Evaluating the effects of anthropogenic pressure on the marine environment is one of the focal objectives in identifying strategies for its use, conservation and restoration. In this paper, we assessed the effects of chemical pollutants, grain size and plastic litter on functional traits, biodiversity and biotic indices. The study was conducted on the benthic communities of three harbours in the central Mediterranean Sea: Malta, Augusta and Syracuse, subjected to different levels of anthropogenic stress (high, medium and low, respectively). Six traits were considered, subdivided into 22 categories: reproductive frequency, environmental position, mobility, life habit, feeding habit and bioturbation. Functional diversity indices analysed were: Functional Divergence, Quadratic Entropy, Functional Evenness and Functional Richness. To assess the trait responses to environmental gradients, we applied RLQ analysis, which considers simultaneously the relationship between three components: environmental data (R), species abundances (L) and species traits (Q). From our analyses, significant relationships (P-value = 0.0018 for permutation of samples, and P-value = 0.00027 for permutation of species) between functional traits and environmental data were highlighted. The trait categories significantly influenced by environmental variables were those representing feeding habits and mobility. In particular, the first category was influenced by chemical pollutants (organotin compounds and polycyclic aromatic hydrocarbons) and grain size (silt and sand), while the latter category was influenced only by chemical pollutants. Pearson correlations performed for functional vs biotic and diversity indices confirmed the validity of the chosen conceptual framework for harbour environments. Finally, linear models assessing the influence of stressors on functional parameters underlined the link between environmental data vs benthic and functional indices. Our results highlight the fact that functional trait analysis provides a useful and fast method for detecting in greater depth the effects of multiple stressors on functional diversity in marine ecosystems.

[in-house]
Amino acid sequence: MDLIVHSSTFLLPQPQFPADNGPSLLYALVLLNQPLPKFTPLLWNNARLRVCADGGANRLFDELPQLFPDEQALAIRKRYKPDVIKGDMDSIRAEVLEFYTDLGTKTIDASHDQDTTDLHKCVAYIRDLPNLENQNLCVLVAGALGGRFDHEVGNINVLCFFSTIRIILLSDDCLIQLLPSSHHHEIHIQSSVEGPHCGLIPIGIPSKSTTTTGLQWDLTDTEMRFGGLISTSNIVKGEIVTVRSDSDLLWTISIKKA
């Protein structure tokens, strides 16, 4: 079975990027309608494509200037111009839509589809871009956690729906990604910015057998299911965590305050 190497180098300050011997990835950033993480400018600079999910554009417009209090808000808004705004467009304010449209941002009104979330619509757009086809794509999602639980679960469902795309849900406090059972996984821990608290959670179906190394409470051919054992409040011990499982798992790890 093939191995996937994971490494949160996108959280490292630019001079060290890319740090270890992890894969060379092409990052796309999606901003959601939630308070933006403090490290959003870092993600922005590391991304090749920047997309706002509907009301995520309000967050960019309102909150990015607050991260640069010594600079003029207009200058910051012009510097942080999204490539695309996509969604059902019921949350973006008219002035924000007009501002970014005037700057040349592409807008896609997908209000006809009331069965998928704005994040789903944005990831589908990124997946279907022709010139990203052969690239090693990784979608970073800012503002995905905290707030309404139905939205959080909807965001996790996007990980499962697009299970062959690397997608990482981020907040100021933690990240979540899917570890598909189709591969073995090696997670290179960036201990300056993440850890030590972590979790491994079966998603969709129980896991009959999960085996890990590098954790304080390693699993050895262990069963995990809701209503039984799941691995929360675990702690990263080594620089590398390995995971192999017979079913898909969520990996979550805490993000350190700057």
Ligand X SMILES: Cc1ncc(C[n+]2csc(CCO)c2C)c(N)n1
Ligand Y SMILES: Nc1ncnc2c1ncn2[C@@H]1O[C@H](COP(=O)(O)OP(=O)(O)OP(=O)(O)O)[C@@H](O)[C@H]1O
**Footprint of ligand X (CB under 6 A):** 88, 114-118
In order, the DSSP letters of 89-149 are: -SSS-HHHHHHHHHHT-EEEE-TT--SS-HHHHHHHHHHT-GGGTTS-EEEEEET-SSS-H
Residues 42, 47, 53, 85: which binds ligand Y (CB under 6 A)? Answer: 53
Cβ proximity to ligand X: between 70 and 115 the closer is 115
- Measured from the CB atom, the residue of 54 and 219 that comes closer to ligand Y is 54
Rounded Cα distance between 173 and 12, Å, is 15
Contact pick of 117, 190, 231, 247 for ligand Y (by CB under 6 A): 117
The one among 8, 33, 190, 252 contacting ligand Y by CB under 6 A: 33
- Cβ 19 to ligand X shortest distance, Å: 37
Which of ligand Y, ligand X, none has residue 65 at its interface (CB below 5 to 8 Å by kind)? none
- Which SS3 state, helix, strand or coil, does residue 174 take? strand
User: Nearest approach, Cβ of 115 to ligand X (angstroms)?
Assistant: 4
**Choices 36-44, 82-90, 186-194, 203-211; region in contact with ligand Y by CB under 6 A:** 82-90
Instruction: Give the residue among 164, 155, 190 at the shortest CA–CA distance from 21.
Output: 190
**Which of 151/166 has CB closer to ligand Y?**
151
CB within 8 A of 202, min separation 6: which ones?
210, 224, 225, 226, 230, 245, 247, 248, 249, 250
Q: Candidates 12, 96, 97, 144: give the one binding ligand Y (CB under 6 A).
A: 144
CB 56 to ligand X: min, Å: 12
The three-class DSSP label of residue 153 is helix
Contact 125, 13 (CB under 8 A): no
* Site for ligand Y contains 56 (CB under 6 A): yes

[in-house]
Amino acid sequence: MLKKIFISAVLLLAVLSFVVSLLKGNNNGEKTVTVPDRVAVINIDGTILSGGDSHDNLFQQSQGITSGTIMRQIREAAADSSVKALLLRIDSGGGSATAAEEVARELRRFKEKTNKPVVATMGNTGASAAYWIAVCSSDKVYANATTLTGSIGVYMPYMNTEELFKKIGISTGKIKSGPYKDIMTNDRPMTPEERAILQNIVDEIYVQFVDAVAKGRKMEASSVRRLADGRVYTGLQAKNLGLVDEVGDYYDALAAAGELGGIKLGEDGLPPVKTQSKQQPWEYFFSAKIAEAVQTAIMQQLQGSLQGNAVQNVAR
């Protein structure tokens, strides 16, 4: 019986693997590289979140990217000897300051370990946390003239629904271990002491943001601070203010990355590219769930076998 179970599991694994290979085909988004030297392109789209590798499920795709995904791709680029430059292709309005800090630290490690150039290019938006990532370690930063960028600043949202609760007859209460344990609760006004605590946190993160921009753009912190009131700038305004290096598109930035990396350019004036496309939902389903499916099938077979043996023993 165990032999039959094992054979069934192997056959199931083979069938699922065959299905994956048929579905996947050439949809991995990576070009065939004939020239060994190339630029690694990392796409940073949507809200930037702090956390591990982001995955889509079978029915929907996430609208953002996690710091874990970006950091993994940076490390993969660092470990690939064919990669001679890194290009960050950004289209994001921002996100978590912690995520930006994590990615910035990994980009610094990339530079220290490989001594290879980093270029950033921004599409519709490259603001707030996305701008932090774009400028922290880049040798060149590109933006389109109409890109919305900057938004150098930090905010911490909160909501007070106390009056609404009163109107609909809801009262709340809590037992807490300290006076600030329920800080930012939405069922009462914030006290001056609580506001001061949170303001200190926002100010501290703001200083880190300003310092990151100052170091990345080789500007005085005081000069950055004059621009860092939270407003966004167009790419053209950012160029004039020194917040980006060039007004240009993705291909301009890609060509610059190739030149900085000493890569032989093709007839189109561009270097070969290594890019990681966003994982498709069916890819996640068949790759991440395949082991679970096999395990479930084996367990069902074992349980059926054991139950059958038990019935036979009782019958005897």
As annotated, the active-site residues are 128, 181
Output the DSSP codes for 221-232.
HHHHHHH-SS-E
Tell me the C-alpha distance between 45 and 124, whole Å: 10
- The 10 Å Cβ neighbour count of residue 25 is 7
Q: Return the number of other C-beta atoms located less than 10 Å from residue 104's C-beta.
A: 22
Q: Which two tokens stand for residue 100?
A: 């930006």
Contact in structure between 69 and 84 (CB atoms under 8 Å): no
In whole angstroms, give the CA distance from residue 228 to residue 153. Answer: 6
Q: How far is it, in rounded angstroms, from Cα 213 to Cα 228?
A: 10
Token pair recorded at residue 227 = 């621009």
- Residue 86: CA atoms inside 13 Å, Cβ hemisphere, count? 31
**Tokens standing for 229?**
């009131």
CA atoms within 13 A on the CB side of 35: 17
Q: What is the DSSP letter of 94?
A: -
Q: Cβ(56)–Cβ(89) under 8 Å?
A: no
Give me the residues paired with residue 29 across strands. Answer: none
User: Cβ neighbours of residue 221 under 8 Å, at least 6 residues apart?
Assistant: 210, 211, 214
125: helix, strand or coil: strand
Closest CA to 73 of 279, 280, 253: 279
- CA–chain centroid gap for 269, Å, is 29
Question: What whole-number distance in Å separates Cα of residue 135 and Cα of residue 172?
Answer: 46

Common patterns of functional and biotic indices in response to multiple stressors in marine harbours ecosystems

D'Alessandro M;Esposito V;Nasi F;Auriemma R;Del Negro P;
2020

Abstract

Evaluating the effects of anthropogenic pressure on the marine environment is one of the focal objectives in identifying strategies for its use, conservation and restoration. In this paper, we assessed the effects of chemical pollutants, grain size and plastic litter on functional traits, biodiversity and biotic indices. The study was conducted on the benthic communities of three harbours in the central Mediterranean Sea: Malta, Augusta and Syracuse, subjected to different levels of anthropogenic stress (high, medium and low, respectively). Six traits were considered, subdivided into 22 categories: reproductive frequency, environmental position, mobility, life habit, feeding habit and bioturbation. Functional diversity indices analysed were: Functional Divergence, Quadratic Entropy, Functional Evenness and Functional Richness. To assess the trait responses to environmental gradients, we applied RLQ analysis, which considers simultaneously the relationship between three components: environmental data (R), species abundances (L) and species traits (Q). From our analyses, significant relationships (P-value = 0.0018 for permutation of samples, and P-value = 0.00027 for permutation of species) between functional traits and environmental data were highlighted. The trait categories significantly influenced by environmental variables were those representing feeding habits and mobility. In particular, the first category was influenced by chemical pollutants (organotin compounds and polycyclic aromatic hydrocarbons) and grain size (silt and sand), while the latter category was influenced only by chemical pollutants. Pearson correlations performed for functional vs biotic and diversity indices confirmed the validity of the chosen conceptual framework for harbour environments. Finally, linear models assessing the influence of stressors on functional parameters underlined the link between environmental data vs benthic and functional indices. Our results highlight the fact that functional trait analysis provides a useful and fast method for detecting in greater depth the effects of multiple stressors on functional diversity in marine ecosystems.
Chemical pollutants; Functional traits; Mediterranean sea; Plastic litter; RLQ and fourth-corner analysis
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Utilizza questo identificativo per citare o creare un link a questo documento: http://hdl.handle.net/20.500.14083/2870
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